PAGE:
Convened by Dr. Salome Mbugua, Akina Dada wa Africa (AkiDwA) embarked on its journey in 1999 as a support group. It hosted a series of regular meetings for African migrant women in Ireland to discuss and share their experiences, focusing on challenges like isolation, racism, employment, and domestic violence. Supported initially by the Catherine McAuley Centre of the sisters of Mercy in Dublin, AkiDwA had, by 2003, implemented more formal structures and was registered as a company with guarantee but without capital share. Despite limited funding, which meant much of the work continued on a voluntary basis, AkiDwA received significant financial support from the One Foundation Social Entrepreneur Scheme in 2005, propelling the organization's mission and vision forward.

By 2007, AkiDwA had secured substantial funding resources, acquired charitable status, and developed its first strategic plan. In 2008, acknowledging the diversity of migrant women in Ireland, AkiDwA expanded its focus from exclusively African women to all migrant women residing in Ireland. A 2018 evaluation and review reaffirmed AkiDwA's position as a highly respected, credible, and relevant organization, celebrated for its unique expertise and long-standing commitment in the field. AkiDwA stands out as a migrant-led, national women’s representative organization.

Despite creating a robust platform for migrant women and effecting significant changes in their lives, policy, and integration over the last two decades, migrant women continue to confront numerous challenges. Research indicates that, despite being highly qualified and educated, migrant women often find themselves limited to employment in the care work and hospitality sectors. The COVID-19 pandemic further highlighted the disproportionate impact on migrant women globally, with lockdowns exacerbating existing inequalities. For instance, those international protection  applicants living in direct provision centres, faced increased risks of domestic violence and COVID-19 spread due to their living conditions and economic disparities.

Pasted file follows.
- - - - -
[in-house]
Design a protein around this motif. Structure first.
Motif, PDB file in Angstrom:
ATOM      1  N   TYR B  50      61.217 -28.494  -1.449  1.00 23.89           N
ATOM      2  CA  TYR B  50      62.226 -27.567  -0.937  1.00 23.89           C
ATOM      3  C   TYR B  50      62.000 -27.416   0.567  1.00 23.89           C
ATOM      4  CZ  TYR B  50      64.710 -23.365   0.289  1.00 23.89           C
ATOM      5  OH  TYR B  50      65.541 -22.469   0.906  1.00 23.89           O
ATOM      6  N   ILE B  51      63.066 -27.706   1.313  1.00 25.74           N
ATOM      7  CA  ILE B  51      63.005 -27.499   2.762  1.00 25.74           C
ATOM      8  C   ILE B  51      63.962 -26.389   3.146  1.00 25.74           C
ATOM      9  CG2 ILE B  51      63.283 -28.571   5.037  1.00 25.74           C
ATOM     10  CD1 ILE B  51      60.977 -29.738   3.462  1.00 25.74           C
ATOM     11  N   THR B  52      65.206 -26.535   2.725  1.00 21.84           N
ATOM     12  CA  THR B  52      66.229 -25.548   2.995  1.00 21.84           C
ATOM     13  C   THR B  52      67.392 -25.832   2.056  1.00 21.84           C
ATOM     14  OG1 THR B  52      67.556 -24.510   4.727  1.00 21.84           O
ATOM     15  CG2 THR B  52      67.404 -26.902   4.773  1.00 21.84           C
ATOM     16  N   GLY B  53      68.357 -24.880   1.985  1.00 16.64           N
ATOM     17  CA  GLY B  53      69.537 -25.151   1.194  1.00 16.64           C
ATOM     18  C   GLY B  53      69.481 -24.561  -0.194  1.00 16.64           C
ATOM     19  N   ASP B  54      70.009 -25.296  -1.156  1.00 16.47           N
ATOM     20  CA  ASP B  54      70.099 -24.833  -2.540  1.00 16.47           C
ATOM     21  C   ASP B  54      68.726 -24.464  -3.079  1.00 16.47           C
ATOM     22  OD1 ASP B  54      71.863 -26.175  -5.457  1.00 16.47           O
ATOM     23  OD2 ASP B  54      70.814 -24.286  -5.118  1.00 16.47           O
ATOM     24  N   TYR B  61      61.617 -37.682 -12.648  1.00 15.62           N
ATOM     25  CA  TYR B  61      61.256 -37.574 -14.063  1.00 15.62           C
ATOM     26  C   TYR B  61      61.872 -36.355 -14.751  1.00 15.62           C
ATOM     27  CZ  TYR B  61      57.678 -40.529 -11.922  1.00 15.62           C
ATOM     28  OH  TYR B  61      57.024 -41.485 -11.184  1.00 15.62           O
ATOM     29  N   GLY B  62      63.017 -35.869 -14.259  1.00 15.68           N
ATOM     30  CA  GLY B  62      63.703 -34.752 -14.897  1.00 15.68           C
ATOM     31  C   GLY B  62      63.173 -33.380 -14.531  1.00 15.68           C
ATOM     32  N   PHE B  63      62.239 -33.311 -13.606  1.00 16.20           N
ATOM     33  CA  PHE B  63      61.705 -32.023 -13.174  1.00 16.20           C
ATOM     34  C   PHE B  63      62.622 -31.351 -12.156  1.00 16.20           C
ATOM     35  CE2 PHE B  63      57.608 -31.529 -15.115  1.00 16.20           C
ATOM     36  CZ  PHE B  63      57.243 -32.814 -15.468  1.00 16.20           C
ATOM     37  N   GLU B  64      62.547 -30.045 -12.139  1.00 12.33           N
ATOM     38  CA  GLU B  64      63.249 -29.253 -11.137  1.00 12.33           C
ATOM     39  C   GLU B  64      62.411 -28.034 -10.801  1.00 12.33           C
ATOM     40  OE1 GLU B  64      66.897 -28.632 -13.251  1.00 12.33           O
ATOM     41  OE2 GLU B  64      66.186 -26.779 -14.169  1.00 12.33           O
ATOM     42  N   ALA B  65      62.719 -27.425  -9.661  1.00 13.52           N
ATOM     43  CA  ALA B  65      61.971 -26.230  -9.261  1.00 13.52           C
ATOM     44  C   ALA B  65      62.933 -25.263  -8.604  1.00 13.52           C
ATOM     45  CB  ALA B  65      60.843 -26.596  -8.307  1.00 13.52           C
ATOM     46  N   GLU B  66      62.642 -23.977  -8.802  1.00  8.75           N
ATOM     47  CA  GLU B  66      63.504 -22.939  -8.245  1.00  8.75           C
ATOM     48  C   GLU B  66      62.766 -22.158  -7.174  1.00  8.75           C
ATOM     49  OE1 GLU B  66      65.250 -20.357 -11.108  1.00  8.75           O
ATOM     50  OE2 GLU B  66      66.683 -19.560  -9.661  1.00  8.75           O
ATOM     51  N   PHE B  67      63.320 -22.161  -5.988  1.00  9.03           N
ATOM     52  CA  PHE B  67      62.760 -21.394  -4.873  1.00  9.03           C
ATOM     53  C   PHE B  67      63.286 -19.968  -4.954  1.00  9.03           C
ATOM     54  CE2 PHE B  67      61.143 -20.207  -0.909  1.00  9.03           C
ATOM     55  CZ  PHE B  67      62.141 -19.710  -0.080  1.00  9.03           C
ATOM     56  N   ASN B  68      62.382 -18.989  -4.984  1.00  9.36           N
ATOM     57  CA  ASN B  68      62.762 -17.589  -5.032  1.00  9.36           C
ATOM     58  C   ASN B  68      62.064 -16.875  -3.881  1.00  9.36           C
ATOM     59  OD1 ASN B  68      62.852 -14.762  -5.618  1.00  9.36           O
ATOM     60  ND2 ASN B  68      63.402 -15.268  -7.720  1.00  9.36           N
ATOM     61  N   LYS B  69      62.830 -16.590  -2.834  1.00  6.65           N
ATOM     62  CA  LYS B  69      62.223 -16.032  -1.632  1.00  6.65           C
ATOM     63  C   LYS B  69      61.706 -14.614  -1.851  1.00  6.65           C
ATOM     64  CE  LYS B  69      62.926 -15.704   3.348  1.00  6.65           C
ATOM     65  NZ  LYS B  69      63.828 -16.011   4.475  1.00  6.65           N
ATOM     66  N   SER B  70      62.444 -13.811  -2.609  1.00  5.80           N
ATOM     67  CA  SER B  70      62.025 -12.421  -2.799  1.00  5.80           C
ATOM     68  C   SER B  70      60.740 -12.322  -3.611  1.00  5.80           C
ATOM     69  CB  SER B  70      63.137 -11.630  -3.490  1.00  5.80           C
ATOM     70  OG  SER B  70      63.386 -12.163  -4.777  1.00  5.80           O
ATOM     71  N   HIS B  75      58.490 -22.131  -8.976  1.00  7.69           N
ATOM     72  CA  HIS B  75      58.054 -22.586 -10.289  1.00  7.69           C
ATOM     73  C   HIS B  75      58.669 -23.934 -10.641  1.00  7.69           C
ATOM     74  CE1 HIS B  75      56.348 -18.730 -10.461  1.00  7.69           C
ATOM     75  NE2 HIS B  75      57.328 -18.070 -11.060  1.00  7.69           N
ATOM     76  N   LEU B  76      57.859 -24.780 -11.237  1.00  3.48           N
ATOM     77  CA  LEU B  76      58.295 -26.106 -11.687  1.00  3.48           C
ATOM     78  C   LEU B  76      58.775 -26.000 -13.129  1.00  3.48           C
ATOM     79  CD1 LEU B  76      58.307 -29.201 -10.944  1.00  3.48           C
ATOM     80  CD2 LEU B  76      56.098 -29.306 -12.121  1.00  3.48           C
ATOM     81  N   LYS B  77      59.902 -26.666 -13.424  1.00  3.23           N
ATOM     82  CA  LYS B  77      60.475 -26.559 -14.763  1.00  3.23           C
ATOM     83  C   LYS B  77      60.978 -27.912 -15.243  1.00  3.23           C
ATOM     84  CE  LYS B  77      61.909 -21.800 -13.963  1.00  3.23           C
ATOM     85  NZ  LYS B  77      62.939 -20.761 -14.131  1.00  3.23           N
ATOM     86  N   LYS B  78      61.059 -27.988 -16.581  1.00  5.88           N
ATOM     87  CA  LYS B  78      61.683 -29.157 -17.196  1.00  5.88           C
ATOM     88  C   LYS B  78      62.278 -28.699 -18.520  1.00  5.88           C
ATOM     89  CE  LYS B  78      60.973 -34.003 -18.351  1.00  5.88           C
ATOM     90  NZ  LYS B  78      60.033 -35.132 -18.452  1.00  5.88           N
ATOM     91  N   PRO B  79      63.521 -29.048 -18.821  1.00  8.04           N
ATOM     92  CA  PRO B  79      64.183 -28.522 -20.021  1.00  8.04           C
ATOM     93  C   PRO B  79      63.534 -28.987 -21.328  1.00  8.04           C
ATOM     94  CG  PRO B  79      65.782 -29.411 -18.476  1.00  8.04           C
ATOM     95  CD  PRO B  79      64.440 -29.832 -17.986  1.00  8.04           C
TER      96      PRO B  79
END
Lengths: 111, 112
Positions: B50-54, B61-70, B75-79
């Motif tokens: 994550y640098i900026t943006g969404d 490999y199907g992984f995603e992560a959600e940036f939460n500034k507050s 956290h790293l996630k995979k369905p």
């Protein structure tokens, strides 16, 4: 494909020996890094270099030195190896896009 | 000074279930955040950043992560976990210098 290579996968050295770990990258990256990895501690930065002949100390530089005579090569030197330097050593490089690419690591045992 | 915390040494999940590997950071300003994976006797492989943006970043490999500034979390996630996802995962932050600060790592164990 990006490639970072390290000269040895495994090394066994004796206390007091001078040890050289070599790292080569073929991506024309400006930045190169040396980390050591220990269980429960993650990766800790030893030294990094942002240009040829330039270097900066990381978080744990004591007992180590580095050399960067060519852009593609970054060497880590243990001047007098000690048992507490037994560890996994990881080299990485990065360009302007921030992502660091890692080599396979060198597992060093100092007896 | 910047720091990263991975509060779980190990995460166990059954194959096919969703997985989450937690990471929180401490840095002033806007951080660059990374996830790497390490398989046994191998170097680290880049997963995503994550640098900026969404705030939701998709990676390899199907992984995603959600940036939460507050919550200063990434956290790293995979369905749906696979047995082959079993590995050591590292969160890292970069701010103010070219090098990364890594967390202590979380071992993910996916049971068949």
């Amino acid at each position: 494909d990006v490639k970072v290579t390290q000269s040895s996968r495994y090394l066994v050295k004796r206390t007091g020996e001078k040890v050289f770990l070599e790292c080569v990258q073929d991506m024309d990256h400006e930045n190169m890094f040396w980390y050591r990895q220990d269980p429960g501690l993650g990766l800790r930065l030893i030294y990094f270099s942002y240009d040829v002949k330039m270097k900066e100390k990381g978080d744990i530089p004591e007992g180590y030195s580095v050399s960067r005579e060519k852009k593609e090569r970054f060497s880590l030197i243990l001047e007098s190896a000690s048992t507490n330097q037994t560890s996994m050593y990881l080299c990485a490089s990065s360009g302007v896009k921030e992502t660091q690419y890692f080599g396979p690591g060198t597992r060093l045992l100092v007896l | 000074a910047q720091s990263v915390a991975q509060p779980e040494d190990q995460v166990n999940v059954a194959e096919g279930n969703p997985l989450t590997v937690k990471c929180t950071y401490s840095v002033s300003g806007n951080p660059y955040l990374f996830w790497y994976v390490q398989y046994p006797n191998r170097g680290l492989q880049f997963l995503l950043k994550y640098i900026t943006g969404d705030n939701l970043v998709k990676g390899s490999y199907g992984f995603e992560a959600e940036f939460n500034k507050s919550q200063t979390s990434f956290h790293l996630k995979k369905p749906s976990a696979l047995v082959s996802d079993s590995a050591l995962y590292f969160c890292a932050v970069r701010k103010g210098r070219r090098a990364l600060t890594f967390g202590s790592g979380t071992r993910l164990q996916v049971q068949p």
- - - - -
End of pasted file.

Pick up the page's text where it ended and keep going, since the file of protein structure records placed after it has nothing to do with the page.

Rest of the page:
In 2022, AkiDwA celebrated its 20th anniversary, launching a strategic plan in March that emphasized collaboration and partnership. Moving forward, bigger and better.  AkiDwA is committed to building an integrated society where everyone is valued, treated with respect and dignity, and enjoys equal opportunities and protections.

Over two decades, AkiDwA has gained recognition as a leading NGO for highlighting the issues. faced by migrant women in Ireland. AkiDwA and its partners have made great strides towards. creating an equitable society for migrant women. Our distinctive position as one of the leading non-profit organisations in Ireland was further attested when at The Essence Award 2021, we were named “Charity of The Year”. As we stride forward into our third decade, it is an opportune time for us to consolidate our strengths and identify opportunities for sustainable growth and development, steering the organisation to the next level of excellence”. Cllrs Uruemu Adejinmi, AkiDwA Chairperson, 2022

For me it all began In August 2001 while working at the Catherine Mc Auley Centre Herbert Street off Baggot Street Dublin. One morning a letter came from a stranger, Salome Mbugua. The seed sown at the meeting between Salome and myself in the wake of the letter gave birth a month later to AkiDwA.  In the footsteps of Catherine, the centre bearing her name was in a position to nurture the seed by providing a room for African women to meet, talk, discuss ideas and make decisions,  this seed on the very same site where Catherine had built her House of Mercy all those years ago. Salome’s dream of empowering African women of the 21st century corresponded very closely to Catherine’s dream for women and children of her time. Sr Joan McManus, 2011

“AkiDwA deserves recognition for its promotion of the equality of migrant women in Irish society. Whether it is through its advocacy activities, its capacity building, or its policy work, AkiDwA has been there to provide support to those who need it and to help them participate fully in everyday life” Minister David Stanton, 2016”.

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